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“Retailers that don´t diversify will be left in the dust”. Interview with John Eichberger

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Posted / Last update: 31-01-2017

We sat down with John Eichberger, Executive Director of the Fuels Institute, to discuss the present and future of the North American fuel retailing industry.

After serving as a legislative assistant for Representative Greg Ganske (R-Iowa), in 2000 John Eichberger joined the National Association of Convenience Stores (NACS) in the role of Vice President of Government Relations. In 2013, NACS founded the Fuels Institute with Eichberger spearheading the new, non-profit research think tank. 

PetrolPlaza: What is the Fuels Institute and which are its main goals?

J. E: The Fuels Institute is a collaboration of the auto industry, refiners, biofuel producers and retailers. We try to get the groups together to talk about trends, as well as opportunities and challenges in the market. We try to find out what questions we can help answer in an unbiased way so policy makers and business leaders can make more informed decisions. We also investigate industry trends to help people from the sector know where we are going. It has been a great opportunity to get the entire transit energy world together.

Could you give us an overview of the fuel retailing market in the United States right now?

We have seen an increase in gasoline demand but all forecasts say it´s going to start going down in the near future. There are new fuel efficiency standards for vehicles that require them to be 50% more efficient by the year 2030 or 2035. That is going to change the landscape. We will see an increase in the number of electric vehicles (EVs); probably by 2030/2035 we will start to feel the actual impact of EVs in the fuel retailing market, but we still have a liquid fuels market for a long time.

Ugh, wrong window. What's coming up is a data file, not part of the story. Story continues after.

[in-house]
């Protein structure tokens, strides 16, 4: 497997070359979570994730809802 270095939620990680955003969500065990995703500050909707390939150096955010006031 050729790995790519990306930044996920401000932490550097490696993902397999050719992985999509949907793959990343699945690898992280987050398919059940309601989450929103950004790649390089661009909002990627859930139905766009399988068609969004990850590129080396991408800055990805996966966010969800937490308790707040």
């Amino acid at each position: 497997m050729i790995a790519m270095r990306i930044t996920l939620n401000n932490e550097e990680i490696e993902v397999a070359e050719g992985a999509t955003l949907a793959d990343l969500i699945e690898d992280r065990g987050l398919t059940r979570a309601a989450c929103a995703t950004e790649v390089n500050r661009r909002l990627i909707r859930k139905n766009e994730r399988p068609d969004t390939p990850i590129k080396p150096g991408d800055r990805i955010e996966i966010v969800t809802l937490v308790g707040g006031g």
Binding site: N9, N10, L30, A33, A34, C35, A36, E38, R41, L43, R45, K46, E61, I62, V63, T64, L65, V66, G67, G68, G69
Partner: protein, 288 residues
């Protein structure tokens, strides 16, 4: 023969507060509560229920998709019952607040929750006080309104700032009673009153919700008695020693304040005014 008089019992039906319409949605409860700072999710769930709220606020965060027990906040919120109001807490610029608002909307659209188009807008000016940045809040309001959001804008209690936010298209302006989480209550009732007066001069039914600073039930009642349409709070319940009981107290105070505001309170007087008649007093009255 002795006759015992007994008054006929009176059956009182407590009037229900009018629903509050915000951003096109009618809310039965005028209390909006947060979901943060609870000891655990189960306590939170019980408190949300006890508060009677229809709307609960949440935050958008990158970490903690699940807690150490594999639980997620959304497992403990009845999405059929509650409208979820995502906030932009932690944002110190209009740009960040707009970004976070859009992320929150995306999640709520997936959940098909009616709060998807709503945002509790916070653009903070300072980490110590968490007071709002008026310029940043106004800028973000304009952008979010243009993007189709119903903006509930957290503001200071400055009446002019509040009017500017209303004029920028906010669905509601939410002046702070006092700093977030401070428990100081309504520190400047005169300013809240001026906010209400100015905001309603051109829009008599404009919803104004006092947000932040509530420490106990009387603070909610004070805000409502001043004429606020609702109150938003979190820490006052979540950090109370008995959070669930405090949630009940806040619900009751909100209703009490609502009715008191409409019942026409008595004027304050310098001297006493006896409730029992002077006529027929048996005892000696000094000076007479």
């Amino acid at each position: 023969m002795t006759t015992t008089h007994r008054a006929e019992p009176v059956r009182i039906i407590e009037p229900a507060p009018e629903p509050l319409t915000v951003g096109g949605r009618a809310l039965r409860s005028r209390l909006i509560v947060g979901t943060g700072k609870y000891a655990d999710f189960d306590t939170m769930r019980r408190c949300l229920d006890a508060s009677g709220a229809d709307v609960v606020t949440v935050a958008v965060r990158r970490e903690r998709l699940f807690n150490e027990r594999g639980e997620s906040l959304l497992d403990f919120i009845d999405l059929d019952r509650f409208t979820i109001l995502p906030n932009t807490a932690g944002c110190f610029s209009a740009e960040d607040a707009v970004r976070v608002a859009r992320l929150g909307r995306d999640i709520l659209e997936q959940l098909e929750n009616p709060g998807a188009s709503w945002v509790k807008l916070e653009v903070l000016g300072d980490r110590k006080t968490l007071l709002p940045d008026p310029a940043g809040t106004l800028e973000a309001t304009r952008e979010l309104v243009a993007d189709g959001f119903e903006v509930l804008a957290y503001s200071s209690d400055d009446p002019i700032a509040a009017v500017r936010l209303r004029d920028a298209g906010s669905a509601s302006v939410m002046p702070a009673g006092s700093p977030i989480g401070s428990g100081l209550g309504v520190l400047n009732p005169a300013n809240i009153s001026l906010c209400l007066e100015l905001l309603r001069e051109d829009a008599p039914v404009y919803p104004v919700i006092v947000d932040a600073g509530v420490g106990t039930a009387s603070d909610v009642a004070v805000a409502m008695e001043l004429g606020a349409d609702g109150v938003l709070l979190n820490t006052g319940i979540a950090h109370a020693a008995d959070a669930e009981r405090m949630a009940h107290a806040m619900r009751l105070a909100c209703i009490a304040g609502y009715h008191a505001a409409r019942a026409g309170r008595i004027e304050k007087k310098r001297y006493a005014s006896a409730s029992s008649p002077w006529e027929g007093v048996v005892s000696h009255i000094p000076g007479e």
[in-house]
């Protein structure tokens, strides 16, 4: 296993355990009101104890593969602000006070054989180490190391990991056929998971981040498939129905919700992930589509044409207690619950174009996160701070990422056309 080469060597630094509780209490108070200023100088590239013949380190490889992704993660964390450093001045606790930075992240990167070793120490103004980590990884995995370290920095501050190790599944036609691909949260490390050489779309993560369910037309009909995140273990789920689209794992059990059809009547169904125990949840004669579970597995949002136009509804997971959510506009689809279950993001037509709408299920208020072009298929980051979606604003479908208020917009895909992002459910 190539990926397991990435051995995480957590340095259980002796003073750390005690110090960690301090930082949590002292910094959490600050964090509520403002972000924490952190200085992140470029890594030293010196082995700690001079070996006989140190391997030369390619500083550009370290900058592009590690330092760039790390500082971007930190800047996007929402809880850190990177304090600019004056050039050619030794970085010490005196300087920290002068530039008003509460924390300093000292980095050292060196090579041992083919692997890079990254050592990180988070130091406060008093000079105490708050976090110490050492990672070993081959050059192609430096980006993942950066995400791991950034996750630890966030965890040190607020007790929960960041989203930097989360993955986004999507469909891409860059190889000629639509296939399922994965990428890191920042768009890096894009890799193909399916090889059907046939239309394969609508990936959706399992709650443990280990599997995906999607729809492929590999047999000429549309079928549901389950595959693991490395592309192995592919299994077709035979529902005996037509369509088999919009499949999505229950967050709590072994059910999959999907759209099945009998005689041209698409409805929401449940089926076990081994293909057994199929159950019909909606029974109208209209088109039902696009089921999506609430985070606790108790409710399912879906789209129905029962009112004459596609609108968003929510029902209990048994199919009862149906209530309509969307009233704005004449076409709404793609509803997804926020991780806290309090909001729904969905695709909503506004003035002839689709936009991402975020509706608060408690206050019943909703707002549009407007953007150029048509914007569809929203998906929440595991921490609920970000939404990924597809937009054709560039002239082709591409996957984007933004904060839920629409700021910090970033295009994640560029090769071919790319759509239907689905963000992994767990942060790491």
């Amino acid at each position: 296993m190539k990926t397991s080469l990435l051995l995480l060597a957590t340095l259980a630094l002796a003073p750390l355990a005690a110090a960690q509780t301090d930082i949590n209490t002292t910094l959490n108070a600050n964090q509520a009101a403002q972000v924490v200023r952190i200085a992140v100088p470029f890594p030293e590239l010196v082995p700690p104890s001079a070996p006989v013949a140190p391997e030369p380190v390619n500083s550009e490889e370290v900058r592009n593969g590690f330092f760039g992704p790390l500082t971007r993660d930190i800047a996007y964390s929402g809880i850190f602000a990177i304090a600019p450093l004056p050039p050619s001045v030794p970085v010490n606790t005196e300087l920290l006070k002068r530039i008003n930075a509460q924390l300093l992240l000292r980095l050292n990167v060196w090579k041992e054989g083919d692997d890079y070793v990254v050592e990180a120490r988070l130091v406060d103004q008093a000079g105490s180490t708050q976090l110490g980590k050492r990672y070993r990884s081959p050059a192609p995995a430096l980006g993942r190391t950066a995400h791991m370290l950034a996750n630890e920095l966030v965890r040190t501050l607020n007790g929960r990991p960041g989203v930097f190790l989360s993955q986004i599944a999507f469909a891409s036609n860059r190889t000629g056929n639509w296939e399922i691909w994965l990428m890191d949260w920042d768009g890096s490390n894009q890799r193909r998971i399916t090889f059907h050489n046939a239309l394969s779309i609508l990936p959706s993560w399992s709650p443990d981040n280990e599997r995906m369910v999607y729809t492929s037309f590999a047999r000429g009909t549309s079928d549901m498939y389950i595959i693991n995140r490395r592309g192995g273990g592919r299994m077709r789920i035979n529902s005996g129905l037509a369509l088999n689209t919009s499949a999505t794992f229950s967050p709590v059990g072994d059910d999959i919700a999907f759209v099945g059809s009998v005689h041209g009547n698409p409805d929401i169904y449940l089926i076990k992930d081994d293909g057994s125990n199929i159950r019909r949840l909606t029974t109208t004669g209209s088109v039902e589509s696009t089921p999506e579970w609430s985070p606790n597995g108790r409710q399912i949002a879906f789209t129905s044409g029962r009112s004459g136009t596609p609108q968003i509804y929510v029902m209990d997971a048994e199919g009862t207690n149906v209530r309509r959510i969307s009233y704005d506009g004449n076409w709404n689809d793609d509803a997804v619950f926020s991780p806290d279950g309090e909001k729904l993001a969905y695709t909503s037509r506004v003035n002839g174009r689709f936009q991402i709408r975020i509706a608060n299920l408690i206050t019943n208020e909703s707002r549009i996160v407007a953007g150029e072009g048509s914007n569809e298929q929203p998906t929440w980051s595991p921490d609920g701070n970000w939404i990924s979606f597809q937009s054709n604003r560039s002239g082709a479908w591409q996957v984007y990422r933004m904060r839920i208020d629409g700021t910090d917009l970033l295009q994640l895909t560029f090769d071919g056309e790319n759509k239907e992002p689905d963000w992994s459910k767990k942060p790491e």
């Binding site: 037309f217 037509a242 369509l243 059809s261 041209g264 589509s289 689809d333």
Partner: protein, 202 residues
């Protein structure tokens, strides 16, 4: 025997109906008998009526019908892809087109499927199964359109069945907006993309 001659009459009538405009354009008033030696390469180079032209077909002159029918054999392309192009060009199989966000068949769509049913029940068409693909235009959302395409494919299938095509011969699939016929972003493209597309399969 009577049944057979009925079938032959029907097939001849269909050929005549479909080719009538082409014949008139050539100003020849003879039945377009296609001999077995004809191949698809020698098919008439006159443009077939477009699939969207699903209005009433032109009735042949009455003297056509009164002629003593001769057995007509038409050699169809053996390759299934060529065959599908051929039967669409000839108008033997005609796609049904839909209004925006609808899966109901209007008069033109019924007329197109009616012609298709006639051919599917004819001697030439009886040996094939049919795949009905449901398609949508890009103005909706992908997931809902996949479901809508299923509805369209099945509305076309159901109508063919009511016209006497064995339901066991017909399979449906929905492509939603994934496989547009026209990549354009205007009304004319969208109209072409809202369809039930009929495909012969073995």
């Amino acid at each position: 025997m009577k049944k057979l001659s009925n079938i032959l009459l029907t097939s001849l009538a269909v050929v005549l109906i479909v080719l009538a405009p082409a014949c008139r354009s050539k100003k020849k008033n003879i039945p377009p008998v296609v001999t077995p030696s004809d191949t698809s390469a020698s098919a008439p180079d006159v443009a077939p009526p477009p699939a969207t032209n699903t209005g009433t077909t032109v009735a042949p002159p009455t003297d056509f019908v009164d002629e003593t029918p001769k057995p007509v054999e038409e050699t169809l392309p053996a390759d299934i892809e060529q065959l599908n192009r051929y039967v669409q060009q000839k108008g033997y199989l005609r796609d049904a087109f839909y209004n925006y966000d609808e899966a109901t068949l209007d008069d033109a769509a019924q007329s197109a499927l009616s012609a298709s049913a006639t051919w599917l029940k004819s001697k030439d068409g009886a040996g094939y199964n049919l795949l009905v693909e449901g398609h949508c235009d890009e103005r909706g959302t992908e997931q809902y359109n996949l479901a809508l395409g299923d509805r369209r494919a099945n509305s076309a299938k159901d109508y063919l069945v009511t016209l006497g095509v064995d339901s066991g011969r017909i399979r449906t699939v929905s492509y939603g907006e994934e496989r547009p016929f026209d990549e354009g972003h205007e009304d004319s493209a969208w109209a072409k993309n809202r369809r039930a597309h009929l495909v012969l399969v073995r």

There is going to be an increase in biofuels through different formulations. The whole idea in the auto making industry is how to optimize an engine to get the most out of the fuel. That may require a change in fuel formulations.

Biofuels are present across the world in various forms. What would you say will be the base for biofuels in the United States?

In the U.S. it is still going to be crops.  Ethanol is still predominantly corn-fed, while biodiesel is mainly soya beans - all agricultural based. There is a lot of investment in advance biofuels like ethanol that will come from forest waste and others. Others are using kitchen oil greases to produce biodiesel. Until there is a big breakthrough that brings those prices down we still have a problem of scalability.

The technology to convert almost anything into biofuel exists, the question is at what cost. With crude oil being the price it is we have not seen the economic incentive to bring those fuels to the market. Hopefully in the next few years we will see some technological advancement that will make these fuels more feasible and beneficial to the environment.

If high levels of fuel efficiency are reached in the near future and demand decreases significantly, where does that leave traditional fuel retailers?

In the U.S., we will soon be seeing a reduction in fuel consumption due to fuel efficiency, an increased EVs presence, and other fuelling alternatives – by the year 2040 these changes will be felt in the market. That means retailers need to change their business model, and it is an industry that does that very well. If you start seeing the demand for your primary product (fuel) decrease, what do you do to attract customers to your store? A lot of people are getting into food services, and there are other services they need to look into to diversify. Otherwise, they are going to be left in the dust.